Beginning with her first feature film, Sydney Freeland has striven to create and present accurate, compelling images of Native American and Indigenous people on screen.
2014's Drunktown's Finest, which she wrote and directed, told the story of three people overcoming the challenges of life on a reservation. It was nominated for the Sundance Film Festival's Audience Award and went on to receive the Jury Prize at L.A. Outfest.
Freeland is now at work on a landmark project, the first-ever broadcast television network show centering on Native Americans. NBC has given the green light to a put pilot for Sovereign, which Freeland co-wrote (with Shaz Bennett) and has signed on to executive produce with Bird Runningwater and Ava DuVernay under DuVernay's production company, Array Filmworks.
After growing up on a Navajo reservation in New Mexico, Freeland graduated from the Academy of Art University in San Francisco and attended a writers' program in Santa Fe before she was accepted into the Fox Writers Lab.
Then, with a film degree but no job, she went back home to the reservation — but not for long.
Freeland was in the parking lot of a Walmart in Gallup, New Mexico, on a Friday night when she got the phone call that would set her career in motion. It was from a TV producer who had received her resume, asking if she could meet him at the Starbucks in Westwood that Sunday. She packed a bag and hit the road for L.A. During the meeting, she nailed down the job as a production assistant on a cooking show.
The rest, as they say, is on her filmography. She directed all six episodes of the Emmy-nominated web series Her Story. Her second feature film, Deidra and Laney Rob a Train, premiered at Sundance in 2017 and is currently streaming on Netflix.
Her television directing credits include The Wilds, Rutherford Falls, Grey's Anatomy, P-Valley, Nancy Drew and Fear the Walking Dead.
She — and the industry — have come a long way since she struggled to make Drunktown's Finest. Securing financing while remaining true to her creative vision was not easy. At one point, the main investors wanted her to change a character from Native to white, or half Native and half white.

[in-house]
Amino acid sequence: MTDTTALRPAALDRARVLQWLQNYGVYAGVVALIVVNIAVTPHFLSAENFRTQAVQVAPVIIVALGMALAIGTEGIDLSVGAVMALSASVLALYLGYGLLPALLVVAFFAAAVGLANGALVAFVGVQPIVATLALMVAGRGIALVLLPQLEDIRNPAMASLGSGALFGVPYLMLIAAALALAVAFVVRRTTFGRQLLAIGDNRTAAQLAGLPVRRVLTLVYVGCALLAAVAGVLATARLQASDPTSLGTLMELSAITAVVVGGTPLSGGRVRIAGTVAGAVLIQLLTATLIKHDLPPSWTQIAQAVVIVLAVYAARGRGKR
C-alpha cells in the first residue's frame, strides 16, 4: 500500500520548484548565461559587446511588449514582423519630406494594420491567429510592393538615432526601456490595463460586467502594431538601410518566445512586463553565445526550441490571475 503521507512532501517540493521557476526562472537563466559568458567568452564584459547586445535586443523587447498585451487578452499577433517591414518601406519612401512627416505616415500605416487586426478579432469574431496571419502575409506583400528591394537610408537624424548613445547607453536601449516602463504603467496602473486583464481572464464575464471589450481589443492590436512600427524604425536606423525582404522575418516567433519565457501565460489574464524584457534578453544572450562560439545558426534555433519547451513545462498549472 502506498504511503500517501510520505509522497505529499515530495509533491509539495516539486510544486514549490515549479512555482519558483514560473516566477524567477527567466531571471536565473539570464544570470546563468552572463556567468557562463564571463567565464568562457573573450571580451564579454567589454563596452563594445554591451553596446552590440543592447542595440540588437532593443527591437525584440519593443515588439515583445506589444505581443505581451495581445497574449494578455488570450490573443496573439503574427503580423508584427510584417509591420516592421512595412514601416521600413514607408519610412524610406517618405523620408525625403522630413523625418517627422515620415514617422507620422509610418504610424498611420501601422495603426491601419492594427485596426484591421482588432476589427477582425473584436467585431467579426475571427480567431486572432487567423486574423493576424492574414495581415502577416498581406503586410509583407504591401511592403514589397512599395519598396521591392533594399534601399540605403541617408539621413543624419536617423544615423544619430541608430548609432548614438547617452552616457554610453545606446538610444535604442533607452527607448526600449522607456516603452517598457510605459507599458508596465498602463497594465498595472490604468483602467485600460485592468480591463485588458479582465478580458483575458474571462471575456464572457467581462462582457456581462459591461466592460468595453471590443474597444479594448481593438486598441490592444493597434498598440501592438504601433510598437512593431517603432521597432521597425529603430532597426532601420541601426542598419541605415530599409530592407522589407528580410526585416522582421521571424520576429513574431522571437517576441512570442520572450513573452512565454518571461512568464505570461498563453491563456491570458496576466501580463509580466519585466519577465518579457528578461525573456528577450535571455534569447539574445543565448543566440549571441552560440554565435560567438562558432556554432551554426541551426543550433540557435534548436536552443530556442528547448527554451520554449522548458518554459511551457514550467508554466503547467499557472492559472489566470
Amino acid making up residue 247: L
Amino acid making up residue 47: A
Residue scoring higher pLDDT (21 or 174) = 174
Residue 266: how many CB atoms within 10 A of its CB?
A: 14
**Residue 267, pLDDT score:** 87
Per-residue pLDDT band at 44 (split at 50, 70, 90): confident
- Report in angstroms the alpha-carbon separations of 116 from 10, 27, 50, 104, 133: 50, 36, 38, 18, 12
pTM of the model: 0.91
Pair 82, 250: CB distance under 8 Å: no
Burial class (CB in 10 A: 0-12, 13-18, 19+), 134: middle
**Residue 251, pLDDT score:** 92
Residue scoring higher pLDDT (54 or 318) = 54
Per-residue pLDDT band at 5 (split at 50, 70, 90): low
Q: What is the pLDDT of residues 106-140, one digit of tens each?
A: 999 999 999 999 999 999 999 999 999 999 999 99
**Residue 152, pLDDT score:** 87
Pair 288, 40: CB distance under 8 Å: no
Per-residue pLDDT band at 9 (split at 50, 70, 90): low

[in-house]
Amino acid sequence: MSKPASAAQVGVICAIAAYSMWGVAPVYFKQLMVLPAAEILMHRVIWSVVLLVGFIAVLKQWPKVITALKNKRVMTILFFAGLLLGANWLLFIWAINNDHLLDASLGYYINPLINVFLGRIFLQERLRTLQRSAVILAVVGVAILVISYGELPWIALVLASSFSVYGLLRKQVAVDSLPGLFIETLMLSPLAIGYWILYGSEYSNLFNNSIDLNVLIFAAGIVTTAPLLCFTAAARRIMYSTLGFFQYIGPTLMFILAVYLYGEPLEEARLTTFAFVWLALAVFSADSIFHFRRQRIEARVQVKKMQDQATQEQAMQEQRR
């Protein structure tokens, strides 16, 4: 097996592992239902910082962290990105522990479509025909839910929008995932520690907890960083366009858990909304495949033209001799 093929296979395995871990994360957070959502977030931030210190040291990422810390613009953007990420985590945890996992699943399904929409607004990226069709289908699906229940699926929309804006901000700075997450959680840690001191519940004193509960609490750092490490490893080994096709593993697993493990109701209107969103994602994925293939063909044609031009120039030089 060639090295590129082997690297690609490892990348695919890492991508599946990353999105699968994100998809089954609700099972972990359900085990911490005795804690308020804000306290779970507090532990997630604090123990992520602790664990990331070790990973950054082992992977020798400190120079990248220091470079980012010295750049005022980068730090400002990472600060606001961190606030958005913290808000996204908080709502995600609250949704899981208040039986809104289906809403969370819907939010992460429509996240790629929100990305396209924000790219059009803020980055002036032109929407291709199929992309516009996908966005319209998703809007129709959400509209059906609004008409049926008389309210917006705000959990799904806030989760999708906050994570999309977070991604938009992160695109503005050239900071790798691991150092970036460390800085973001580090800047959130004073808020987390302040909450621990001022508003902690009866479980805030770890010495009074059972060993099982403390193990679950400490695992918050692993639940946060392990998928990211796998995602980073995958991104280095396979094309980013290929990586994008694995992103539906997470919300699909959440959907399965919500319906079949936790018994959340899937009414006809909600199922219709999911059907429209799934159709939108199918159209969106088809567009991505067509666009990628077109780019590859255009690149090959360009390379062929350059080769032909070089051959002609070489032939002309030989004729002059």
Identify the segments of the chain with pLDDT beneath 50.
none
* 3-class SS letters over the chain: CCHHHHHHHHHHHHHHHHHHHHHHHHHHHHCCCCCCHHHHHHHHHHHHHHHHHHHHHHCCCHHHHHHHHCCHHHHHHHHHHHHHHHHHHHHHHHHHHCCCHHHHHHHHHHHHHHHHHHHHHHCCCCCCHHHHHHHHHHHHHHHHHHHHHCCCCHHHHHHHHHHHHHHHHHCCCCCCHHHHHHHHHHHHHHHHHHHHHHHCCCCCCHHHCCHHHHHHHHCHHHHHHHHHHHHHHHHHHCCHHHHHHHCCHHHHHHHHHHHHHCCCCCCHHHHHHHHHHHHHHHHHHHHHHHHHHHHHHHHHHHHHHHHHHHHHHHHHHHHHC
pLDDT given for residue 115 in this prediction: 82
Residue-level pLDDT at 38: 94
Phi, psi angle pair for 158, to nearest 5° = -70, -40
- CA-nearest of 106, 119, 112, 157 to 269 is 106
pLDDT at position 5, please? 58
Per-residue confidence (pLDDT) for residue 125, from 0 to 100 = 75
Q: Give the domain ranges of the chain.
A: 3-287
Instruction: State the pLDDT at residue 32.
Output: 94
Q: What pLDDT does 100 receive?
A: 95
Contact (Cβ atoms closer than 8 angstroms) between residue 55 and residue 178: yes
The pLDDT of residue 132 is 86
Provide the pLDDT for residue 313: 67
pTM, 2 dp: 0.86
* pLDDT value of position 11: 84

"Compare that to today," she says. "I've directed a couple of TV shows with Native content, and the conversations with the showrunners are about, 'How do we get this right?' On the Native side, being open and being collaborative, I see what I hope is a genuine shift of execs and showrunners of getting it right. For me, that contrasts wildly with the first feature film, which was, 'Make it white, so we can sell this thing.'"
"When I started that first feature, it came from the idea of not telling a white savior story or to have simple characters. I grew up in a diverse and dynamic place, and wanted to show that, which led to three different characters: a straight Navajo guy going off to the military, a woman adopted by white people and a transgender woman trying to get off the reservation."
Freeland, who is also transgender, points to her experience directing episodes of the Grey's Anatomy spinoff Station 19 as another example of moving the needle. "I brought up in casting to make one role Native, a character found in a park, a non-descriptive role," she says. "Even having that was great, and little things over time can add up."